Where Star Trek Beyond succeeds unequivocally is in the many small character moments. The screenplay by Simon Pegg and Doug Jung gives breathing room to quiet moments of reflection and dialogue that matter considerably to well-versed Trek fans. They also provide the bedrock of humanity that matters when you then need to imperil your heroes. A shame then that these moments aren’t a part of a stronger overall plotline. Krall’s villainous pursuit against all that the Federation stands for provides ample reason for Kirk, who is having a crisis of purpose, to evaluate not only the importance of his work with the Federation among the stars, but of his unique purpose among there; why he is out there and the difference that he, and his crew in particular have, can and will make. That resonates.
Director Justin Lin handles the film’s demands very capably, taking over from J.J. Abrams who directed the two prior films. Lin’s directorial style is defined largely by flourishes in camera movements and he has a solid command of scene construction and flow, but it is his bias toward a fluid use of the camera that are best found in shots of the Enterprise that are signature. Some found these flourishes distracting, but that’s quite unfair. Key moments from earlier Star Trek films have given special reverence to the Enterprise, from the lengthy and majestic shots of the ship in The Motion Picture to the ‘stealing the enterprise’ sequence from The Search for Spock. And Lin’s approach, aided with the freedom of today’s visual effects, seems to me to be a continuation of that love and reverence of the iconic ship.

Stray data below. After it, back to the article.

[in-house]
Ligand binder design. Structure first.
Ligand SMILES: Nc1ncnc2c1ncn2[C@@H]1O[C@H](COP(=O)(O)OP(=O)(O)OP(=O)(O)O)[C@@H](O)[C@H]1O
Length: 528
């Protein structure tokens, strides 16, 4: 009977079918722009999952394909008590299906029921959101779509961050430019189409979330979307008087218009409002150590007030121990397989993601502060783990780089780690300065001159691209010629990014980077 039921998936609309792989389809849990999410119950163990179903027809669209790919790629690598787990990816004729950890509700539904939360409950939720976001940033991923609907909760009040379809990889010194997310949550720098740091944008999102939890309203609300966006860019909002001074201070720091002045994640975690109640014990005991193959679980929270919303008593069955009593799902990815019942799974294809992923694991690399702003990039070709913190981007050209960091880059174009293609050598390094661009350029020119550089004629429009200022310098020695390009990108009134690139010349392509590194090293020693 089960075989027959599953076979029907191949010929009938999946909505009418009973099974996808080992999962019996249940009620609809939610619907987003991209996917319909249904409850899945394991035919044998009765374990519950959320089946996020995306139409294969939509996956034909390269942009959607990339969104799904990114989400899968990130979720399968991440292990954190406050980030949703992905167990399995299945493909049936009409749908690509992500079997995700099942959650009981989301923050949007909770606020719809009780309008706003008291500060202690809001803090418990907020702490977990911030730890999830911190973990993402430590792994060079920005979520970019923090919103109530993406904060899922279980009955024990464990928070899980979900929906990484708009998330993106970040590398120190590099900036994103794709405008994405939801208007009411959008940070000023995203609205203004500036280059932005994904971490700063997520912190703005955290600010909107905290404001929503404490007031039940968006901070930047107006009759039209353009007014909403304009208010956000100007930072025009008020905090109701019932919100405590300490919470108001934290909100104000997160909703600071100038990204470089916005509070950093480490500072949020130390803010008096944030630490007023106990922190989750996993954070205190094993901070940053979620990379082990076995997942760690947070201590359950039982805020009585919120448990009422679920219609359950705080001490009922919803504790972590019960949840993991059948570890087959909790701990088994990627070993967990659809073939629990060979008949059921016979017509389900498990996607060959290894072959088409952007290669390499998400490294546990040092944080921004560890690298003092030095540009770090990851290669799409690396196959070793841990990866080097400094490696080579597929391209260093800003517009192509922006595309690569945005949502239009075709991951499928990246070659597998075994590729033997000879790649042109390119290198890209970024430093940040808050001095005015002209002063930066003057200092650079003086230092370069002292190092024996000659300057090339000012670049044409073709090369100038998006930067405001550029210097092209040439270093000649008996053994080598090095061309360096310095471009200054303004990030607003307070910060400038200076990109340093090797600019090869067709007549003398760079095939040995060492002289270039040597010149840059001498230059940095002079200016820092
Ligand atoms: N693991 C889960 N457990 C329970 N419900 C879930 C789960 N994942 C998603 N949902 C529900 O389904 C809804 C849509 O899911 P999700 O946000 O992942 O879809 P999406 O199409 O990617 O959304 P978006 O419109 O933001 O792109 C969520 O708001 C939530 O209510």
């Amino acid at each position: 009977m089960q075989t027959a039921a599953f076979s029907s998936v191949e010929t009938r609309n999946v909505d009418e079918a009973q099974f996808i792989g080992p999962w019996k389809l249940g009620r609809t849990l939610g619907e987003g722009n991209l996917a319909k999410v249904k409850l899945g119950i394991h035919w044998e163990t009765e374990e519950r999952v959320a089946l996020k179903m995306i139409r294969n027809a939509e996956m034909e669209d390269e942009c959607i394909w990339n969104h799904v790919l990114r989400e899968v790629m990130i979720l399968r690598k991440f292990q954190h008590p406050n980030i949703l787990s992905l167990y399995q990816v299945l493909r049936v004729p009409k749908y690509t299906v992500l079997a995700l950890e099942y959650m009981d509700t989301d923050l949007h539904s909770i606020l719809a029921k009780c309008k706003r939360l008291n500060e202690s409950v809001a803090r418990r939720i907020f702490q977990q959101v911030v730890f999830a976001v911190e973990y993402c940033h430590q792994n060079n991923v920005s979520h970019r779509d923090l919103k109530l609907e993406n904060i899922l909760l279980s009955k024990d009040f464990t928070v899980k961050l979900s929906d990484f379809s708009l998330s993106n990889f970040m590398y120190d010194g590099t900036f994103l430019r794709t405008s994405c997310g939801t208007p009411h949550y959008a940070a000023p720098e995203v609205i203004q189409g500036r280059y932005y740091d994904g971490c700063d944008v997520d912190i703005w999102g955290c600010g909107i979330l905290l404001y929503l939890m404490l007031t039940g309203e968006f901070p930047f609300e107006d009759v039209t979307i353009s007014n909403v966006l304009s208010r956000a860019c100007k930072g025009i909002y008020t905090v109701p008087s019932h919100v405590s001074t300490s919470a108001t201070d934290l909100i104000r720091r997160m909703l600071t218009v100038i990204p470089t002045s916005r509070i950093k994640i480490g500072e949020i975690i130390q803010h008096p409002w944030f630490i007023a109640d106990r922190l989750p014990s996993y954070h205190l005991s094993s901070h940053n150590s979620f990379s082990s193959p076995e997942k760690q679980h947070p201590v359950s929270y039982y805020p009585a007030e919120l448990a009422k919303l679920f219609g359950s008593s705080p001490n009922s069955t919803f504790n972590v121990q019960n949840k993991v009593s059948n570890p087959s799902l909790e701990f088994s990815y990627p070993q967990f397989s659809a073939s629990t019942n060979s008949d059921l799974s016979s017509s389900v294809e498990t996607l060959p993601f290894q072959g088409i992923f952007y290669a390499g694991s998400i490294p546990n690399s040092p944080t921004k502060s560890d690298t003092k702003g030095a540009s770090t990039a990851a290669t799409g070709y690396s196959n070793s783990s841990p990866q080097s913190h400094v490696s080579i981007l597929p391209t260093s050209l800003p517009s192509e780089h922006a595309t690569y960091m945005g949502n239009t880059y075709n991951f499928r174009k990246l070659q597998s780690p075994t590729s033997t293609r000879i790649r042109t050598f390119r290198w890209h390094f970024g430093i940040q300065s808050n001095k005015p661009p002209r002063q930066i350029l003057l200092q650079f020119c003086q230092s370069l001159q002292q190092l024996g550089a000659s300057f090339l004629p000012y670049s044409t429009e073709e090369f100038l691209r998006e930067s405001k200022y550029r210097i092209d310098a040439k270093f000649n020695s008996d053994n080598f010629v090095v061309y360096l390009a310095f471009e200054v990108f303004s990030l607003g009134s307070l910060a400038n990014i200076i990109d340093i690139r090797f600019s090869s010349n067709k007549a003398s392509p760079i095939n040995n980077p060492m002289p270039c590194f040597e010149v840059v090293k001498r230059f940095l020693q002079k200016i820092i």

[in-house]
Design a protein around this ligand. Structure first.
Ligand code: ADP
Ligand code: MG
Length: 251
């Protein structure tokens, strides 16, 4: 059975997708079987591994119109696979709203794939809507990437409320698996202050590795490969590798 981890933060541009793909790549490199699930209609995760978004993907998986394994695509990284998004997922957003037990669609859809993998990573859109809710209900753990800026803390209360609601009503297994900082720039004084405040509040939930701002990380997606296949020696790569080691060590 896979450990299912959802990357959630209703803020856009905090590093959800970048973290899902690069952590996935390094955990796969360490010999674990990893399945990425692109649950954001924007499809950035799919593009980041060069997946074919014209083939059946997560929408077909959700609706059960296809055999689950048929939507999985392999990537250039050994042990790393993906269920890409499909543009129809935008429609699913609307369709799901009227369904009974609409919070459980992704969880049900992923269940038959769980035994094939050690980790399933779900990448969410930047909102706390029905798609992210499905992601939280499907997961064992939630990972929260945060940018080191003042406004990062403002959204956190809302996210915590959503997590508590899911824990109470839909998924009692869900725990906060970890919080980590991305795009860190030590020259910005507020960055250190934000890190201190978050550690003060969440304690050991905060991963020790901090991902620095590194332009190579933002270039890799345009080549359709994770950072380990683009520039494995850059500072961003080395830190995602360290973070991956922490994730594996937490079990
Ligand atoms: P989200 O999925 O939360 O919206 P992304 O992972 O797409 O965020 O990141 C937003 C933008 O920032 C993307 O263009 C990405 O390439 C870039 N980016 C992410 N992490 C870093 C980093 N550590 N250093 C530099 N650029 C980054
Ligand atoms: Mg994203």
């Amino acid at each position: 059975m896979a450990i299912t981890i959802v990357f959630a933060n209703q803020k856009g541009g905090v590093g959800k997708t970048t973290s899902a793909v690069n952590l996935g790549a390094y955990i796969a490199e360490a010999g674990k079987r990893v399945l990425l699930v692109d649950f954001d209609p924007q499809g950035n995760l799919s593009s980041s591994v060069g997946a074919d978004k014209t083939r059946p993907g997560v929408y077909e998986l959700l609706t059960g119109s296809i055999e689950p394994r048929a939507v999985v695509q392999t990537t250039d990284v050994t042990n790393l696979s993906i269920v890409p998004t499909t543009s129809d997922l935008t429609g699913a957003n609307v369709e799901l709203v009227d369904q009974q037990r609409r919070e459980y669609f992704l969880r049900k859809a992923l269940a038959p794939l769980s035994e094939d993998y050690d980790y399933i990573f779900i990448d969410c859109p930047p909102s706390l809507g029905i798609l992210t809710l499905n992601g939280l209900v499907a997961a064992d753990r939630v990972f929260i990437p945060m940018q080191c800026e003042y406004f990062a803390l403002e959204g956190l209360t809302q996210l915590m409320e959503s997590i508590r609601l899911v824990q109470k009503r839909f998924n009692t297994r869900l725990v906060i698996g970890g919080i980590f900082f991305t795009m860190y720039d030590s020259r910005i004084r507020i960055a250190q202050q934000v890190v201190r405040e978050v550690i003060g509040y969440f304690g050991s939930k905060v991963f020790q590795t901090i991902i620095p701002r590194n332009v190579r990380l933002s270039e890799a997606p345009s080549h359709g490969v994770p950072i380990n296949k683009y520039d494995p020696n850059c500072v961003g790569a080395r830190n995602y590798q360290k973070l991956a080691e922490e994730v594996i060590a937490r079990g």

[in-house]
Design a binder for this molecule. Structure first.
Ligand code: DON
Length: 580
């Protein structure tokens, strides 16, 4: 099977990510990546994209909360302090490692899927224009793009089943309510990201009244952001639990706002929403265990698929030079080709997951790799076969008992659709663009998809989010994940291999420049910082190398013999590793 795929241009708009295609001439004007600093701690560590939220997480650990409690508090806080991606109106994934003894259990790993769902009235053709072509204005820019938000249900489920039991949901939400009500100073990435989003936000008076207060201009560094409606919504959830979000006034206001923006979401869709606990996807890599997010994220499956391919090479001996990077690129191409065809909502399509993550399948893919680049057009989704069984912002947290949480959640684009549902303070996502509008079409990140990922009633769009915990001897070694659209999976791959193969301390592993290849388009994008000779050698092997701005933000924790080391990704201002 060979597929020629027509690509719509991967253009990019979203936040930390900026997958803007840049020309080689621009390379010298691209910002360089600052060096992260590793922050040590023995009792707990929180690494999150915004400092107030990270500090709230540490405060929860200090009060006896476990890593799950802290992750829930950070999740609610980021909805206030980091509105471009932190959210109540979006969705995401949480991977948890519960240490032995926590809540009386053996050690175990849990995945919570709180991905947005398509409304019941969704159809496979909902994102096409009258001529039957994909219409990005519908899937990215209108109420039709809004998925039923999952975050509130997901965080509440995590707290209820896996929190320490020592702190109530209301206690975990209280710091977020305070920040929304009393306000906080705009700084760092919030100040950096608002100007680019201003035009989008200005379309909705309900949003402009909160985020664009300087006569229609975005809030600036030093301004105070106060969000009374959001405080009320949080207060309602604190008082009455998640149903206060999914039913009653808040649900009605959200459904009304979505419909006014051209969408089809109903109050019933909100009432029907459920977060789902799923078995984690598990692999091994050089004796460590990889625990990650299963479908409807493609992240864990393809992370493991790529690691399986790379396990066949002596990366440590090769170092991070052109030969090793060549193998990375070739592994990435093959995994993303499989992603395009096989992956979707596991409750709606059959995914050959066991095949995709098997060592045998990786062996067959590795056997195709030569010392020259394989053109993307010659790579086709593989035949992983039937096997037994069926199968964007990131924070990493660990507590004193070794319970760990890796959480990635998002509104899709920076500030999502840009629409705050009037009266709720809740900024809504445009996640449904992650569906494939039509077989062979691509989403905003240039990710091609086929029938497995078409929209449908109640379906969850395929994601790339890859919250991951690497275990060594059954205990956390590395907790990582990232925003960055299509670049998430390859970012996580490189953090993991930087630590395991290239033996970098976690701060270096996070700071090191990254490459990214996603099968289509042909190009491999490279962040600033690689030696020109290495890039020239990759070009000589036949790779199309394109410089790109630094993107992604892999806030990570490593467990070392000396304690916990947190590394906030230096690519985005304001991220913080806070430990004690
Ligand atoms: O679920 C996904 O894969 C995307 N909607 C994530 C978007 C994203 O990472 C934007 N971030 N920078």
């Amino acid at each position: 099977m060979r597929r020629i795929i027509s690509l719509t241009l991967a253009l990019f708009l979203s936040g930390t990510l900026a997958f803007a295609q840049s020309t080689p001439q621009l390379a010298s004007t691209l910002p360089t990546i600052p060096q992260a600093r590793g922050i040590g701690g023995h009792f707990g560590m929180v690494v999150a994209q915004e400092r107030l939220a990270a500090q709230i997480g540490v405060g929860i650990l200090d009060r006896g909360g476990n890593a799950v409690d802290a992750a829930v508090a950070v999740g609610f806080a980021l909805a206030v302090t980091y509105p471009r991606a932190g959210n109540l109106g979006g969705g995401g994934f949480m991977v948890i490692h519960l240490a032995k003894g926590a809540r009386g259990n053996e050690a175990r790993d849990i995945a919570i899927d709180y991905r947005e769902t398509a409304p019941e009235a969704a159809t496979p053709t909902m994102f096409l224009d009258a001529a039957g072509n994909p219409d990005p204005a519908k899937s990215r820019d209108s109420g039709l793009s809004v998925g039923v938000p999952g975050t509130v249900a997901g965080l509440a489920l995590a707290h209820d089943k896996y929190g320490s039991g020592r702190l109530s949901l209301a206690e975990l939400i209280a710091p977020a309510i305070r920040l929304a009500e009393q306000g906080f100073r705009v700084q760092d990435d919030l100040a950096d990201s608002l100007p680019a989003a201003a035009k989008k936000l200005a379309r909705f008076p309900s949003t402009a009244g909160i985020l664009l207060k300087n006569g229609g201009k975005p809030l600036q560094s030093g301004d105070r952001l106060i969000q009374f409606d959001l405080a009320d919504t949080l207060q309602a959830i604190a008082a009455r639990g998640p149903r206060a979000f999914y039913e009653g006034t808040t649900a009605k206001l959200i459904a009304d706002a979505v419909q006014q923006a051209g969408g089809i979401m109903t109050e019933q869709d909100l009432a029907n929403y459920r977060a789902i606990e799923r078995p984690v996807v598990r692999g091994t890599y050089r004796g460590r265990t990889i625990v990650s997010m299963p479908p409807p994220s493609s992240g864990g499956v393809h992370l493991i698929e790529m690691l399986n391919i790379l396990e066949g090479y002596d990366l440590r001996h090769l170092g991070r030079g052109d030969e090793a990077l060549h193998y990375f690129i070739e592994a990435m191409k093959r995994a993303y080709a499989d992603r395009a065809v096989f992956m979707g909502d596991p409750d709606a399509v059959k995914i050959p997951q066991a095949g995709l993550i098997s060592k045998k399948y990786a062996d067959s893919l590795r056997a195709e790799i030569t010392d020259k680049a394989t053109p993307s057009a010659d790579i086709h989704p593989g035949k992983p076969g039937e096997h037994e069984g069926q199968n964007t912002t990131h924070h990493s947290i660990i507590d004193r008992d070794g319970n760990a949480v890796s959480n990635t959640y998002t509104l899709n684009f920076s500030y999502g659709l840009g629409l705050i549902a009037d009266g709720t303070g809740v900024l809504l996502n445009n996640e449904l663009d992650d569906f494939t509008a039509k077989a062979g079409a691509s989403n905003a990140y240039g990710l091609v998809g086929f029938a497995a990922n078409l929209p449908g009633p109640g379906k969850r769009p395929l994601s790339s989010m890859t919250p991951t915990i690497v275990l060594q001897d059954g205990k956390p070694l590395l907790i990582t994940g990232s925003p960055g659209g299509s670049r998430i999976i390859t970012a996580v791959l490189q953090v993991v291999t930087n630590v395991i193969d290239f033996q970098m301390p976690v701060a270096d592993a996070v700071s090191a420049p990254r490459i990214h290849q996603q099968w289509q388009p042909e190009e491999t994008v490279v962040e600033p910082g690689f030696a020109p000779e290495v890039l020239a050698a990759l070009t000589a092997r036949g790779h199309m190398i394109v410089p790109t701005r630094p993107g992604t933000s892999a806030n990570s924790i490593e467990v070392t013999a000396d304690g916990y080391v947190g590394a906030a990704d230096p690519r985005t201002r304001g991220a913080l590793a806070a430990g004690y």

Lin’s fluidity of camera movements, at times wonderfully (to me) disorientating as it floats and flies by and through the structures of the magnificent ship is a special kind of reverence to the largest member of the crew – and throughout the wonderfully staged destruction of the USS Enterprise (again), Lin treats one of cinema’s most recognizable ships (designs) with respect as she’s torn apart piece by piece. In fact, aside from the understandable grumble that Kirk’s ships is once again destroyed, this sequence at the beginning of Star Trek Beyond is one of the best – in terms of excitement and thrill – of the three reboot films. And here the destruction isn’t for the sake of spectacle for a finale. It’s a necessary move to separate and strand the crew, forcing them to fight to come back together, stronger, on the planet surface against a fortified enemy and great internal and external uncertainty. It is perhaps the most necessary destruction of the Enterprise that we’ve seen (barring the close of Star Trek III I’d say).